My Brother (Doug) and Bill Russell

This article first appeared in the Post Journal on October 28, 2007, days after my brother returned from a once-in-a-lifetime trip to Las Vegas and a visit with his sports hero and a few other NBA legends.

The photograph below, which spans two pages in a hard-cover book entitled ”NBA at 50,” is of a man, who has his chin resting in his hands. The shot is taken from such a close range that one can read the inscriptions on the rings that he wears on each one of his fingers. Bill Russell, one of the NBA’s 50 all-time greatest players, knows all about rings and, more specifically, those of the championship variety. After all, between 1956 and 1969, the former Boston Celtics great led his team to 11 titles in 13 seasons.

Tack on two NCAA championships he won at the University of San Francisco and an Olympic gold medal and Russell is arguably the greatest winner in the history of team sports.

” … The only really important thing was to try and win every game,” Russell said in a quote accompanying the magnificent photograph, ”because when I got through no one could say, ‘Well, he was the best at this or that.’ The only thing that really mattered was who won. And there is nothing subjective about that.”

Powerful words.

Not surprising, at least to Doug Berlin.

The Jamestown resident has literally carried the book – and figuratively decades of memories – all the way to Las Vegas, hoping to have his dreams realized by rubbing elbows with Russell, his lifelong hero.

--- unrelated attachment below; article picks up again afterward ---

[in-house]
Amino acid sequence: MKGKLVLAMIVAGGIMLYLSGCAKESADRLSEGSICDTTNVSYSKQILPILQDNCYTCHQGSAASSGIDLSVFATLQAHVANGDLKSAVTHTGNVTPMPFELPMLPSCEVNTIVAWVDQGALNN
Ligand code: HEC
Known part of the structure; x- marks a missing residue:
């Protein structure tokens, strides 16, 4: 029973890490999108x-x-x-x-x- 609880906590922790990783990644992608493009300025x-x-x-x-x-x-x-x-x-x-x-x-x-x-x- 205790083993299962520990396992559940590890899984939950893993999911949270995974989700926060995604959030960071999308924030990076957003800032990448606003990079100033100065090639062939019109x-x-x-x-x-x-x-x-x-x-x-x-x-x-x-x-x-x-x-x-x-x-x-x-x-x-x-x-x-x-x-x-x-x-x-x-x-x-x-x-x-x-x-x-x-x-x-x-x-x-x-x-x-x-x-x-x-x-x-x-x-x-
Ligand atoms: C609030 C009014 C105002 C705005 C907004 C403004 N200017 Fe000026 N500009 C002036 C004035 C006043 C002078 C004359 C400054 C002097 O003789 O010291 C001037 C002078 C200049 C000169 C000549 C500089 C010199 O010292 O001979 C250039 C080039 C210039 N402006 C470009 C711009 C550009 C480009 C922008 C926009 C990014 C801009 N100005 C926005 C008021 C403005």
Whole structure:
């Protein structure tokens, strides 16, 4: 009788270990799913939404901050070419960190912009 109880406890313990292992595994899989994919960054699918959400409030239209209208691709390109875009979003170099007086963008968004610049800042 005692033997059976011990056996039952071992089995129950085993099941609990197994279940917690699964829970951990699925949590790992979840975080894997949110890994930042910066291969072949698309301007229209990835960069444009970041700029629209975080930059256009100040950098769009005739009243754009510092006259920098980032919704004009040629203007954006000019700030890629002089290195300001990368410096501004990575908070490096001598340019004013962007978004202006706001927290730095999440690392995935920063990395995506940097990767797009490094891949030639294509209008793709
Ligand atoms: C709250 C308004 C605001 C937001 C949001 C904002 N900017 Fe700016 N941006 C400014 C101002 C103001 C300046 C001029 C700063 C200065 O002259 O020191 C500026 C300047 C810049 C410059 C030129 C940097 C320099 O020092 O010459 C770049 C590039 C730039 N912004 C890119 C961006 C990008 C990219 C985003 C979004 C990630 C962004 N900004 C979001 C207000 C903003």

So as Berlin sits down to eat breakfast last week at the ultra-posh Wynn Las Vegas Hotel and Casino – he was one of 30 campers to take part in the Bill Russell and His Legendary Friends Basketball Camp last week – he can’t believe what he’s seeing.

First, John Havlicek walks in, he the owner of eight championship rings and a former teammate of Russell’s. Sam Jones, another Celtic icon with 10 rings, soon follows and Berlin has to pinch himself to realize it isn’t all a dream.

At least he doesn’t think it is.

But then Russell makes his appearance. Berlin, a 53-year-old U.S. Postal worker who first saw the 6-foot-9 center at Madison Square Garden in the early 1960s, just about choked on his fresh fruit.

”He walked in front of me and I said, ‘It’s him, my hero,”’ Berlin recalled. ”It’s like I was watching him on a big-screen TV.”

Larger than life.

Berlin was finally snapped back to reality when he was tapped on the shoulder.

”Doug,” said a man known for his no-look passes, championship rings and ear-to-ear smiles,

”do you mind if I sit here?” Berlin’s new breakfast guest was none other than Magic Johnson.

Berlin was smitten with Russell upon seeing him for the first time during a visit to Madison Square Garden with his father Al more than 40 years ago.